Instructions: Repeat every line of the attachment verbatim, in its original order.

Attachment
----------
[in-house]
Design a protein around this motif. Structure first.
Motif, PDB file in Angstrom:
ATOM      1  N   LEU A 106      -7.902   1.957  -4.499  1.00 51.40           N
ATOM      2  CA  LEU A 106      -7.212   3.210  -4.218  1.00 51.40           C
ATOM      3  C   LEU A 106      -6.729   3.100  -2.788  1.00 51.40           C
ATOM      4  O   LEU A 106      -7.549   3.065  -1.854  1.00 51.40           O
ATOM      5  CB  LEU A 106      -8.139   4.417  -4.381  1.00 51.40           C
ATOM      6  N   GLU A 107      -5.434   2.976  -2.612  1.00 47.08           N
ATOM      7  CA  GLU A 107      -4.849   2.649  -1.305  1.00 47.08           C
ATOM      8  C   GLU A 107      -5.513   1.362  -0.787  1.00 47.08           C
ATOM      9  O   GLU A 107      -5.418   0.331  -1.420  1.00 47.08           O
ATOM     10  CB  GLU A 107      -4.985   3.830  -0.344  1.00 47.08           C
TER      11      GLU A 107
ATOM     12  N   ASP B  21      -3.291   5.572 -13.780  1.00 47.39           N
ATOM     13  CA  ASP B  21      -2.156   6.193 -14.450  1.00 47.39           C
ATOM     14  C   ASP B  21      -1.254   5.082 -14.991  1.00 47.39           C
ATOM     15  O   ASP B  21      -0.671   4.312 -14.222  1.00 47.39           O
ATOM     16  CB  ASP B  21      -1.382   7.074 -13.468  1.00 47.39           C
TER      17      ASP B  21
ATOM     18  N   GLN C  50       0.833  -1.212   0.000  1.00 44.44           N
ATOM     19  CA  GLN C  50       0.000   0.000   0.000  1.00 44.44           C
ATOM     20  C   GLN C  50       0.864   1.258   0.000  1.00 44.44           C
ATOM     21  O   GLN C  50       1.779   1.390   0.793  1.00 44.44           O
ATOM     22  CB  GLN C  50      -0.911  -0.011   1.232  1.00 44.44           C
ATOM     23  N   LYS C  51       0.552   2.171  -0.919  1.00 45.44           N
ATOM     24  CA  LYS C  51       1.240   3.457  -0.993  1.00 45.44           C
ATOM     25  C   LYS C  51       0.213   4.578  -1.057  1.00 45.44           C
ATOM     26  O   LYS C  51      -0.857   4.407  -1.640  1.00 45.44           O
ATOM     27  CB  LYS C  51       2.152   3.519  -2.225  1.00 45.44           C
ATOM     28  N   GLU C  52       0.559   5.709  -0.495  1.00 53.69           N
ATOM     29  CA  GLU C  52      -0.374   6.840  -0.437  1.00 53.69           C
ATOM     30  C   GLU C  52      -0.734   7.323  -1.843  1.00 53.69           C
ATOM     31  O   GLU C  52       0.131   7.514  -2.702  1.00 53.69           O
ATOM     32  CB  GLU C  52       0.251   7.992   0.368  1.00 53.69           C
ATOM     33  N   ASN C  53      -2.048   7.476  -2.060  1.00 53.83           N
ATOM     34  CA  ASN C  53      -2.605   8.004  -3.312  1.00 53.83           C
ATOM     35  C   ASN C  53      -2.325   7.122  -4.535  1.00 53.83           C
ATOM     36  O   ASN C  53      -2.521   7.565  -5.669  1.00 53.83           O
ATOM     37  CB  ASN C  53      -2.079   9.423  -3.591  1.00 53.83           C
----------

[in-house]
Design a protein around this motif. Structure first.
Motif, PDB file in Angstrom:
ATOM      1  N   LEU A 106      -7.902   1.957  -4.499  1.00 51.40           N
ATOM      2  CA  LEU A 106      -7.212   3.210  -4.218  1.00 51.40           C
ATOM      3  C   LEU A 106      -6.729   3.100  -2.788  1.00 51.40           C
ATOM      4  O   LEU A 106      -7.549   3.065  -1.854  1.00 51.40           O
ATOM      5  CB  LEU A 106      -8.139   4.417  -4.381  1.00 51.40           C
ATOM      6  N   GLU A 107      -5.434   2.976  -2.612  1.00 47.08           N
ATOM      7  CA  GLU A 107      -4.849   2.649  -1.305  1.00 47.08           C
ATOM      8  C   GLU A 107      -5.513   1.362  -0.787  1.00 47.08           C
ATOM      9  O   GLU A 107      -5.418   0.331  -1.420  1.00 47.08           O
ATOM     10  CB  GLU A 107      -4.985   3.830  -0.344  1.00 47.08           C
TER      11      GLU A 107
ATOM     12  N   ASP B  21      -3.291   5.572 -13.780  1.00 47.39           N
ATOM     13  CA  ASP B  21      -2.156   6.193 -14.450  1.00 47.39           C
ATOM     14  C   ASP B  21      -1.254   5.082 -14.991  1.00 47.39           C
ATOM     15  O   ASP B  21      -0.671   4.312 -14.222  1.00 47.39           O
ATOM     16  CB  ASP B  21      -1.382   7.074 -13.468  1.00 47.39           C
TER      17      ASP B  21
ATOM     18  N   GLN C  50       0.833  -1.212   0.000  1.00 44.44           N
ATOM     19  CA  GLN C  50       0.000   0.000   0.000  1.00 44.44           C
ATOM     20  C   GLN C  50       0.864   1.258   0.000  1.00 44.44           C
ATOM     21  O   GLN C  50       1.779   1.390   0.793  1.00 44.44           O
ATOM     22  CB  GLN C  50      -0.911  -0.011   1.232  1.00 44.44           C
ATOM     23  N   LYS C  51       0.552   2.171  -0.919  1.00 45.44           N
ATOM     24  CA  LYS C  51       1.240   3.457  -0.993  1.00 45.44           C
ATOM     25  C   LYS C  51       0.213   4.578  -1.057  1.00 45.44           C
ATOM     26  O   LYS C  51      -0.857   4.407  -1.640  1.00 45.44           O
ATOM     27  CB  LYS C  51       2.152   3.519  -2.225  1.00 45.44           C
ATOM     28  N   GLU C  52       0.559   5.709  -0.495  1.00 53.69           N
ATOM     29  CA  GLU C  52      -0.374   6.840  -0.437  1.00 53.69           C
ATOM     30  C   GLU C  52      -0.734   7.323  -1.843  1.00 53.69           C
ATOM     31  O   GLU C  52       0.131   7.514  -2.702  1.00 53.69           O
ATOM     32  CB  GLU C  52       0.251   7.992   0.368  1.00 53.69           C
ATOM     33  N   ASN C  53      -2.048   7.476  -2.060  1.00 53.83           N
ATOM     34  CA  ASN C  53      -2.605   8.004  -3.312  1.00 53.83           C
ATOM     35  C   ASN C  53      -2.325   7.122  -4.535  1.00 53.83           C
ATOM     36  O   ASN C  53      -2.521   7.565  -5.669  1.00 53.83           O
ATOM     37  CB  ASN C  53      -2.079   9.423  -3.591  1.00 53.83           C